04/08/2004 11:00PM

Poker finding fresh crowd as the new deal in town


Fueled by television exposure and a rags-to-riches real-life story, the game of poker has gone from the smoky casino side rooms and older clientele to mainstream America and an attractive young demographic.

The attraction of five million weekly viewers watching the World Poker Tour series on the Travel Channel and the incredible story of amateur Chris Moneymaker's victory in last year's World Series of Poker have prompted an unpredicted and unprecedented revival of the grand old card game.

It was not many years ago that the number of poker rooms in Las Vegas could be counted on one hand. Today, the city's casinos are expanding existing poker rooms, and those that never had poker rooms are building them.

The upswing in poker's popularity was boosted by the 2003 World Poker Tour television coverage and the timely story of Chris Moneymaker, who turned a $40 entry in an online poker tournament into a victory in the World Series of Poker and a $2.5 million payday.

Not only is the game drawing more people who are trying to be the next Chris Moneymaker, but it has become the "in" thing on college campuses throughout the country. Poker is popular in fraternity and sorority houses, and tournaments are being sponsored by campus organizations. The first online tournament for students started in January at College Poker Championships.com. This feeds the future of the game in Las Vegas.

Poker is so hot that Harrah's Entertainment paid around $30 million for the rights to the World Series of Poker - leaving Binion's Horseshoe, the casino at which the tournament is held, to another casino operator.

Las Vegas poker revenue is way up. The Bellagio poker room reported a 50 percent revenue increase since last March. The Bellagio will expand its poker room by five to six more tables and will have a 30-table room by the end of the year. The Mirage - a Bellagio sister property in the MGM Mirage family - has expanded to a 31-table room.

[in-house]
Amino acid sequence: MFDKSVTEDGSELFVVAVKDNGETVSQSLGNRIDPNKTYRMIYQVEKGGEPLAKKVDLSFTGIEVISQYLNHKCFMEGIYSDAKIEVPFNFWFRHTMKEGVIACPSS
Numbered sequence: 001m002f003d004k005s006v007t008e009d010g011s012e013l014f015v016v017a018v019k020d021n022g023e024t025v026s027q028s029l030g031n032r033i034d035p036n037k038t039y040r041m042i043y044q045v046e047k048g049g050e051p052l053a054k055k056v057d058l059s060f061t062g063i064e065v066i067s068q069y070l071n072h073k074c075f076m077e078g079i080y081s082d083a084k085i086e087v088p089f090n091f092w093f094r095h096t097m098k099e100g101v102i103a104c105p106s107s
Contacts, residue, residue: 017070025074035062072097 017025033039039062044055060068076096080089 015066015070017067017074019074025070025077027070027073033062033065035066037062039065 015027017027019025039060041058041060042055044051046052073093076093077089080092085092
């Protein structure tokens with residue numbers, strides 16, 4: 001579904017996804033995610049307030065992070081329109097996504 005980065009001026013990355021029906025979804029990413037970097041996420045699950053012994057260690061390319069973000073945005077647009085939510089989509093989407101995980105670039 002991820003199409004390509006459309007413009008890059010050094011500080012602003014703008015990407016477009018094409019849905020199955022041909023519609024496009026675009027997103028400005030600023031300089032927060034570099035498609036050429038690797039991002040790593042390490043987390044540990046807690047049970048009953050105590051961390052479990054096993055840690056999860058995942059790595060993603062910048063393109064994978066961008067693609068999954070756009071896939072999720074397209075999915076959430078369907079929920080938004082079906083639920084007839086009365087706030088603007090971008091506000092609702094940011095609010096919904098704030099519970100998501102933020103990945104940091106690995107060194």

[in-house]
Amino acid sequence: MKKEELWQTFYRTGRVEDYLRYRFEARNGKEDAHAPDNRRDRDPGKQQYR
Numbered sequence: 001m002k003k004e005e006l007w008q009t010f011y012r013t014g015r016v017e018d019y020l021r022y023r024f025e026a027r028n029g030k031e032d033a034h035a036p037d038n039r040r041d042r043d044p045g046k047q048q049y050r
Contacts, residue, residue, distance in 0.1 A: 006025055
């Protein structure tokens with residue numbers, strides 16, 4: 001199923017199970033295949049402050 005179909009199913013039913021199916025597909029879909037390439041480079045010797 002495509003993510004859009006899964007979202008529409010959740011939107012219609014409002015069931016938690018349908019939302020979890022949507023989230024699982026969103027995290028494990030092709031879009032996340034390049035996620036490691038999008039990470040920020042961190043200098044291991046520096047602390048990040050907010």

The Palms replaced its keno lounge with a high-limit poker room as a result of hosting the "Celebrity Poker Showdown." That popular Bravo television show, now in its second season, tapes at the hip hotel-casino.

Other Las Vegas casinos that have recently added poker rooms include the Cannery (six tables) and Mandalay Bay (10). MGM Grand is contemplating a reopening of its poker room. The Golden Nugget, in downtown Las Vegas, plans to reopen its poker room after a 15-year absence in time for the April 22 start of Binion's World Series of Poker at the Horseshoe. Harrah's plans to promote the World Series of Poker brand at its two Las Vegas properties, with plans to reopen the poker rooms at its Rio and Harrah's casinos.

Until the rejuvenation of the game, most operators looked at poker as a loss leader. Poker rooms were a matter of convenience for casino customers. Very few made much impact as an attraction to a casino property.

Until now, thanks to television exposure and a kid named Chris Moneymaker, who is doing just that for the game. There is a new generation of Diamond Jim Bradys waiting to ante up.

Ralph Siraco is turf editor for the Las Vegas Sun and host of the Race Day Las Vegas radio show.